When Caroline Sheridan married George Chapple Norton in 1827 she ceased to exist. According to the legal status quo, as a wife she no longer had any rights separate to her husband. He could abuse her, claim her work as his own, spend her earnings and prevent her from seeing their children — and still be on the right side of the law.
The Case of the Married Woman is the third book in Antonia Fraser’s unofficial trilogy about the major legal upheavals of the 19th century. The previous two volumes have dealt with the Roman Catholic Relief Act of 1829 and the Reform Act of 1832 — both turning points in the understanding of individual rights. This volume is necessarily more diffuse, since Caroline Norton’s campaigning for the rights of married women resulted in more incremental changes.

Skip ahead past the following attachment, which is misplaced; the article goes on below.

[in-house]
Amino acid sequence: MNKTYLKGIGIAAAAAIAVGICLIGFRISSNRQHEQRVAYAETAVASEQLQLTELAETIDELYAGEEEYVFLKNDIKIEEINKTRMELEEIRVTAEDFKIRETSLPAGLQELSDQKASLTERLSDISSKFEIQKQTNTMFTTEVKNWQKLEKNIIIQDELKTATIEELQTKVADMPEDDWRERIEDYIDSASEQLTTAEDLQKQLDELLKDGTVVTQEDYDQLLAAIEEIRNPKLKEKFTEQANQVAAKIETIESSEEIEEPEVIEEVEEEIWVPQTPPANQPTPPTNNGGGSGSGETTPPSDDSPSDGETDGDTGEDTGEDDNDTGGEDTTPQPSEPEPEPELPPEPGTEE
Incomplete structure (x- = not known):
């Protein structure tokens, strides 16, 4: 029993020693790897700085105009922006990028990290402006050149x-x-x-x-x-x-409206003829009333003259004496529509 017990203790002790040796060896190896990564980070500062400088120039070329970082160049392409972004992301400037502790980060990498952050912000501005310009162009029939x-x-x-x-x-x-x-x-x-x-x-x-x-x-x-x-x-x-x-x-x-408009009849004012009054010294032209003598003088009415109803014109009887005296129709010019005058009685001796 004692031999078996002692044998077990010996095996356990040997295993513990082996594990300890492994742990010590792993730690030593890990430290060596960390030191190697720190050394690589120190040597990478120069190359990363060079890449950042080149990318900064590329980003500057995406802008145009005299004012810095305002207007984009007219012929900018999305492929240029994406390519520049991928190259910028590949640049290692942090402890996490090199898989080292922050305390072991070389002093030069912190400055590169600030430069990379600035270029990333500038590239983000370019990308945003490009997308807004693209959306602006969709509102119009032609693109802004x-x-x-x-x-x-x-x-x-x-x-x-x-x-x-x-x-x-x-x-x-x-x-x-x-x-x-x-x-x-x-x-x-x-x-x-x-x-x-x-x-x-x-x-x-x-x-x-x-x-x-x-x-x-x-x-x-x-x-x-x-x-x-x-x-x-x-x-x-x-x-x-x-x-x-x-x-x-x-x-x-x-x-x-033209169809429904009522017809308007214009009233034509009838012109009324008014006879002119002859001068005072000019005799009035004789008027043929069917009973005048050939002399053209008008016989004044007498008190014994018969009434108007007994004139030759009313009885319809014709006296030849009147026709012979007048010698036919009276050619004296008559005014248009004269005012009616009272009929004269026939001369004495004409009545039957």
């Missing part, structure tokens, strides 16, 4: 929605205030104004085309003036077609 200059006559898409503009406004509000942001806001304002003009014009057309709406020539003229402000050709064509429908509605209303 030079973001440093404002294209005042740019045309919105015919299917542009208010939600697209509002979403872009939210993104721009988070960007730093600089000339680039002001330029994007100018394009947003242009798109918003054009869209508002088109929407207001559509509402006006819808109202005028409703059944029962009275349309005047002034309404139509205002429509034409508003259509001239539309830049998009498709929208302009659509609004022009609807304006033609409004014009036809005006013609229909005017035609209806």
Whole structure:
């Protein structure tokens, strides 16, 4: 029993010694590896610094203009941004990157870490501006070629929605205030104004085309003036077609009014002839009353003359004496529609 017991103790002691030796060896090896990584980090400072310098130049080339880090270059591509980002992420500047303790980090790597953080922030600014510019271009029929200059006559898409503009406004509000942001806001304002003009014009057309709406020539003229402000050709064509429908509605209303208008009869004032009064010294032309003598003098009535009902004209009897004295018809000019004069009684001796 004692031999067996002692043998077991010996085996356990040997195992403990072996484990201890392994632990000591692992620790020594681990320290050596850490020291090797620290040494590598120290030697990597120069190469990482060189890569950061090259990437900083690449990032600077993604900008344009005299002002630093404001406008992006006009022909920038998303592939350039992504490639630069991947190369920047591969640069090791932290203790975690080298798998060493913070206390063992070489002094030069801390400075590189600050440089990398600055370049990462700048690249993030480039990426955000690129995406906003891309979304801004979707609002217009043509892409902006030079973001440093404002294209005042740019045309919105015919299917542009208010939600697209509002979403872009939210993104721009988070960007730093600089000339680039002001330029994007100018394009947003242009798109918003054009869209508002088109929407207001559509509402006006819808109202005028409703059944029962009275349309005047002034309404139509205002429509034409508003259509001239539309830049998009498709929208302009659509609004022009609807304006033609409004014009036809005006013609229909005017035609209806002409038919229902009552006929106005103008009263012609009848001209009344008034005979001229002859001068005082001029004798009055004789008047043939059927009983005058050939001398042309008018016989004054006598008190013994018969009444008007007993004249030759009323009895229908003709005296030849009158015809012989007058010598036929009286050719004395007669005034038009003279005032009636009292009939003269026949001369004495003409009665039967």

Caroline was the granddaughter of the Irish playwright Richard Brinsley Sheridan and the middle of three sisters celebrated across London as the ‘three graces’. Although her husband was only the second son of a baronet, as a barrister and a Tory MP he could at least provide the position in society that Caroline craved. Whig politics were in her blood and the Nortons’ home at Storey’s Gate in Westminster soon became a favoured salon of the political elite.
In this new study of Caroline’s life, Fraser takes care to sketch the character of her subject prior to the great tragedy that would come to define her. All of the Sheridans had ‘a whiff of the stage about them, along with an impressive reputation for brilliance,’ she writes, and Caroline was no different. A published novelist before her marriage, she specialised in sparkling conversation and ‘romantic teasing friendships’ with high-profile men.